Our last episode of El Periscopio on futures design with Stef Silva from Invisible introduced us to this emerging discipline that is here to stay and has become established in companies and administrations. Although it is not like having a crystal ball, it is the discipline that invites us to draw and think about future scenarios to understand what it is possible to live and how we can get there (which is much more fun! 😉).
According to Stef, futures design is a world where research meets creativity and art to write stories of the future. She defines it as "thinking differently to create divergent environments" and explains that, in her experience, it is being very well received in the companies where she works, and that "people have fun".
We asked him about the sectors in which the design of futures is most necessary or convenient. Stef talks to us about those anchored to previous models , such as industry, banking and insurance, since "they have a very relevant weight in society and , at the same time, many of them have to rethink their work models and the consequences of their products and services".
Futures design projects are based on research. In fact, Stef explains that the results depend on the time you have to research: "The more time we have to detect emerging technologies, changes in behavioral patterns, weak signals of change, the better the results.
"We are change detectives and, as detectives, we need to create observational environments that nurture the day-to-day of the investigation," Stef explains.
Invisible works with companies that have embraced futures design and have acquired these ongoing observation environments. Stef explains that "companies that embrace and embrace this movement have the potential for brutal change."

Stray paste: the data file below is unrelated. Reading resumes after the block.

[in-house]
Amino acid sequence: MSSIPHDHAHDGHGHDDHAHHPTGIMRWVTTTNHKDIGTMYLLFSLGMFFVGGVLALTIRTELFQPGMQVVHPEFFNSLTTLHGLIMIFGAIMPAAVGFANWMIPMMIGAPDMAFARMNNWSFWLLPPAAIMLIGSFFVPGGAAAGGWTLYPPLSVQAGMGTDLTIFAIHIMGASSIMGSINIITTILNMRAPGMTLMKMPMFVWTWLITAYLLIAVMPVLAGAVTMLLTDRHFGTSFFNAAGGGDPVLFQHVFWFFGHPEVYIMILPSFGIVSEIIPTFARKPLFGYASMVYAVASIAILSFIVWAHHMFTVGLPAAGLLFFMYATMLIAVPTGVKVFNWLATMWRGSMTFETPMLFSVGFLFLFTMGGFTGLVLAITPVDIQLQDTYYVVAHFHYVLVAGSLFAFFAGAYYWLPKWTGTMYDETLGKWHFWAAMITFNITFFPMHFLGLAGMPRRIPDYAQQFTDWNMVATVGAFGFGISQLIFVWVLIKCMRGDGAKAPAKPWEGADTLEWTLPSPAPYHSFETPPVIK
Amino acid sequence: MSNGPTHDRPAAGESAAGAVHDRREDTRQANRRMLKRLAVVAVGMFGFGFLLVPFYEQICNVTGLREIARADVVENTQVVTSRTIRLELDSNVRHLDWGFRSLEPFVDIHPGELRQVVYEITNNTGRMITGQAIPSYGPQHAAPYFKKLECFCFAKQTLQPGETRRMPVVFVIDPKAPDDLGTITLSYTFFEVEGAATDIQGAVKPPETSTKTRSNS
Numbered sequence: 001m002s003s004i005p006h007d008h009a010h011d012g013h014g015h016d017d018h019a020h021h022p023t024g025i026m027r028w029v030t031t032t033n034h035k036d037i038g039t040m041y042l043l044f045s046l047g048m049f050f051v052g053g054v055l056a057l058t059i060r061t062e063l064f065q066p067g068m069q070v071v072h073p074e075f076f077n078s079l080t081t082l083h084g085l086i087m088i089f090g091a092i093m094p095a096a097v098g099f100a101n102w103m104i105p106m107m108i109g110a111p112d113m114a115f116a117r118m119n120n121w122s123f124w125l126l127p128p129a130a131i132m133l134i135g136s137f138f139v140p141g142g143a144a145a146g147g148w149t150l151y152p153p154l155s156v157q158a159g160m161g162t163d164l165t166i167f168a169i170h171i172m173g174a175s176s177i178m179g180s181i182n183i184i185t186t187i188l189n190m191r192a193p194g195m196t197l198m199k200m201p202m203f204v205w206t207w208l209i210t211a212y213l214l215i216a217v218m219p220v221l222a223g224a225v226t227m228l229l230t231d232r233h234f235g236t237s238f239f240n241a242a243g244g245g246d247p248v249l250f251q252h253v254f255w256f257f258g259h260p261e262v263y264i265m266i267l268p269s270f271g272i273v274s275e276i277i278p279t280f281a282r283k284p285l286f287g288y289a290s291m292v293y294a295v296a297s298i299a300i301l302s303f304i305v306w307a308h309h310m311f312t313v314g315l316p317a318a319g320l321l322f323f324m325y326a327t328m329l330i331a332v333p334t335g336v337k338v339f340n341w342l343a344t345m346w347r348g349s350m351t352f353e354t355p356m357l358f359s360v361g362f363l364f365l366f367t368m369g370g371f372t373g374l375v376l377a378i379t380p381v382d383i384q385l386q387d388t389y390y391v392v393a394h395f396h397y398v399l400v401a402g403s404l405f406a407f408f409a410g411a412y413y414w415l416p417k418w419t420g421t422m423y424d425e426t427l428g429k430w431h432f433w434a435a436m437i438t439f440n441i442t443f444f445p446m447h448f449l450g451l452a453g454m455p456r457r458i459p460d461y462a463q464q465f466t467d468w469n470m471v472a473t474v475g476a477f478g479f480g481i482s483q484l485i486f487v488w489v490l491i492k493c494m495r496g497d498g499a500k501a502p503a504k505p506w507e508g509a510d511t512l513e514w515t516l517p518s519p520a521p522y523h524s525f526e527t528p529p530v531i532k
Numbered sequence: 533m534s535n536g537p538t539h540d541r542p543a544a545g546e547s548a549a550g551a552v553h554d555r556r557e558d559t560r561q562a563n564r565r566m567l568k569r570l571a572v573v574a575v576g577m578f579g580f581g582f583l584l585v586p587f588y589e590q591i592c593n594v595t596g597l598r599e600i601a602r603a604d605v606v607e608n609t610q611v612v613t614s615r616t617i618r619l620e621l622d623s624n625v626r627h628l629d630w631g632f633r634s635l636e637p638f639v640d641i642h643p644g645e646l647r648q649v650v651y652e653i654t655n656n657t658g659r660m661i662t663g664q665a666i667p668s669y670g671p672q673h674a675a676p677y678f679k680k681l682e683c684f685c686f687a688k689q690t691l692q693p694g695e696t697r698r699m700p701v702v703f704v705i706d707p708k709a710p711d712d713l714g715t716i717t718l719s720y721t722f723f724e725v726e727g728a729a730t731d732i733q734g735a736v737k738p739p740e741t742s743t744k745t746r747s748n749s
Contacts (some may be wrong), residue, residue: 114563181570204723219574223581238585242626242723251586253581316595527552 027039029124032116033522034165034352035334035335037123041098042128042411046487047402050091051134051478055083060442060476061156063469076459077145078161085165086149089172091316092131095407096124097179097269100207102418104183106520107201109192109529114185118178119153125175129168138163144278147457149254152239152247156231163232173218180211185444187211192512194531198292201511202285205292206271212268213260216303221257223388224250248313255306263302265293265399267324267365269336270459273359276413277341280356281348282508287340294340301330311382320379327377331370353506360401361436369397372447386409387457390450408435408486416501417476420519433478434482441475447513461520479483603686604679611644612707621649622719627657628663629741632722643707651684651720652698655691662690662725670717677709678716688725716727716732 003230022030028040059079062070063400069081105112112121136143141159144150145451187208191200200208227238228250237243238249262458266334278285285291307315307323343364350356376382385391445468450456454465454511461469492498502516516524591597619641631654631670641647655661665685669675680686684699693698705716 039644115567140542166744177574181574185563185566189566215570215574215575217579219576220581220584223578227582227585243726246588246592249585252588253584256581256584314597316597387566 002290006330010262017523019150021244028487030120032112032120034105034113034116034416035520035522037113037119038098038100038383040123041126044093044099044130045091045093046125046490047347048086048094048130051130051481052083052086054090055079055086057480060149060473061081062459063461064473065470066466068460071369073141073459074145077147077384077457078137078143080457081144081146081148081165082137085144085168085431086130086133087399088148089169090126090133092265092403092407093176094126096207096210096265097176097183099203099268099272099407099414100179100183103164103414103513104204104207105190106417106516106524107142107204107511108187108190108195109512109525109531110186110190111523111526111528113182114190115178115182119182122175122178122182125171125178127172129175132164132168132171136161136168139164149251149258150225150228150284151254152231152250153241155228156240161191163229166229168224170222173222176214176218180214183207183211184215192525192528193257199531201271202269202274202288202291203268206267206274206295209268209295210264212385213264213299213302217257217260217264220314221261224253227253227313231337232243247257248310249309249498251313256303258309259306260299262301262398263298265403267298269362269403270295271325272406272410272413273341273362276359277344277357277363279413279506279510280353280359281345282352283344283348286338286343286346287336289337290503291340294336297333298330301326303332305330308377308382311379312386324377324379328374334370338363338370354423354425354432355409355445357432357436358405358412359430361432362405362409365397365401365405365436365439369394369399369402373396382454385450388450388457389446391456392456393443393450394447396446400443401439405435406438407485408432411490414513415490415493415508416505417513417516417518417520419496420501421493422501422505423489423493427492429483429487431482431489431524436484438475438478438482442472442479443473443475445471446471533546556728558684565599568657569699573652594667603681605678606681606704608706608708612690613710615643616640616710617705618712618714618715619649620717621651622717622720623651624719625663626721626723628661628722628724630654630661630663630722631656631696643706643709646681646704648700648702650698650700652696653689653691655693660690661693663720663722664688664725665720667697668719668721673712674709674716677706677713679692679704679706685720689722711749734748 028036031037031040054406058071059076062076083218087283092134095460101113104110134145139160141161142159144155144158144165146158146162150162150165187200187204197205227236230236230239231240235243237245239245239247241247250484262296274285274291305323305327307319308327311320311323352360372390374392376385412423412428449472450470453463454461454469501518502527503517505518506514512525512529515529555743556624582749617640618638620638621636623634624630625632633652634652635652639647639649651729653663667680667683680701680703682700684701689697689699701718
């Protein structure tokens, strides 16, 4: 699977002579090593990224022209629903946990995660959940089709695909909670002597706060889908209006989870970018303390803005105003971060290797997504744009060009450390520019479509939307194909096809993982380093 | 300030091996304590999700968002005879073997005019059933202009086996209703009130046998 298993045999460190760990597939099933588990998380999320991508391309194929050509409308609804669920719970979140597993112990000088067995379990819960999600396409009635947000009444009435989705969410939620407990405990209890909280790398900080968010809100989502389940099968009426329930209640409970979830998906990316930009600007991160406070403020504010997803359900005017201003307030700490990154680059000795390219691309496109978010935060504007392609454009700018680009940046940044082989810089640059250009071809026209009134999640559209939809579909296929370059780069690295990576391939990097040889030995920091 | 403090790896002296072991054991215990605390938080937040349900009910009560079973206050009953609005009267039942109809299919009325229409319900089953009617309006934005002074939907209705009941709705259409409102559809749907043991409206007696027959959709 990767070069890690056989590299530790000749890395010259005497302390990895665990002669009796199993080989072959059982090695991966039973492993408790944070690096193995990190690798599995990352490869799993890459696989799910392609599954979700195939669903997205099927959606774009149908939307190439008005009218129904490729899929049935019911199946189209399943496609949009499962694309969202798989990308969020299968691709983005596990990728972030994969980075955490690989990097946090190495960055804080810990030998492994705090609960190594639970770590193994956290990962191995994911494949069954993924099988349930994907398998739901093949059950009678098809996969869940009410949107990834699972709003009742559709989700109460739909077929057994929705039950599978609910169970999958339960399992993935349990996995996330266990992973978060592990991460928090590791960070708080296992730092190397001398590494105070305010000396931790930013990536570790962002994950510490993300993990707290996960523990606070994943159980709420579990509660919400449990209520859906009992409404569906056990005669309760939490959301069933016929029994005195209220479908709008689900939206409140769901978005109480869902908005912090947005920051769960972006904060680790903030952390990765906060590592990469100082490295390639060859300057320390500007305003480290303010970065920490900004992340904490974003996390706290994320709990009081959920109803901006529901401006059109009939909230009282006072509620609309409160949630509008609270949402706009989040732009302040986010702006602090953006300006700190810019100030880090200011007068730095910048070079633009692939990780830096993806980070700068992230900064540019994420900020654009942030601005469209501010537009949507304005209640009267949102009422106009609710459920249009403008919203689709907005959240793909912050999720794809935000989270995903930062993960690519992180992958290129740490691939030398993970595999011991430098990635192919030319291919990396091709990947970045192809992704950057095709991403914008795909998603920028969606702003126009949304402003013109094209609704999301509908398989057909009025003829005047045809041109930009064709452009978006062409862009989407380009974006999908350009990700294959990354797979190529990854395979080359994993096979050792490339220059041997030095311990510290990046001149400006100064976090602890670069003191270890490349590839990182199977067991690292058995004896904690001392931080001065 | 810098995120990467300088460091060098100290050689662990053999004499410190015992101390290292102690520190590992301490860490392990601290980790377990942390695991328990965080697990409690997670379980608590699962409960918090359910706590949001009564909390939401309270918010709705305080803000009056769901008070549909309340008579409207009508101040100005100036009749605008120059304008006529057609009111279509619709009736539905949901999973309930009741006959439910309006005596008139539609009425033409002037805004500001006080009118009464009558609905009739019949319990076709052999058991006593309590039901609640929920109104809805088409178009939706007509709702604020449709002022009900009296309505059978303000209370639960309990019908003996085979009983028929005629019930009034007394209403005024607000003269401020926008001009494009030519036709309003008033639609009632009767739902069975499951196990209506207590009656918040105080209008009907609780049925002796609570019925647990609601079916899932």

According to her, from Invisible they would love to democratize futures design, that it reaches everyone so that all stakeholders can benefit from all that the discipline has to offer.
Although it is a very creative discipline, futures design also hides methodology and process, in fact, it is thanks to it that results are achieved. They always start with the detection and analysis of signals of change through the collection of information and knowledge. They then go on to detect patterns within these changes, to discover where there is trend and directionality. They then blend the trends and describe scenarios in a given context.
Stef stresses the importance of diversity: "Trends don't happen in isolation, we need diverse people to bring different voices to each of the stages".
It is in this last step where creativity comes into play. Invisible uses illustration or the design of future artifacts, which help to better visualize the different scenarios.
What are the criteria for something to become a trend? Stef is clear. A trend is something that has no way back, it's not hype, but something that really changes the status quo. They are movements that have a very clear directionality, that come from very established places and from many people at the same time.
The profiles that work in the design of futures are very diverse. From the social sciences and humanities (anthropology, sociology) to roles in the art world and ending with professionals linked to the field of design.
Finally, we discovered the biggest mistakes that could be made in futures design. The first: thinking that we are predicting, since futures design consists of drawing future scenarios and then coming to the present and seeing what might happen. The second: not being aware of people's biases or preconceived ideas. The third: doing it behind closed doors and turning it into an overly intellectualized discipline that is difficult to access.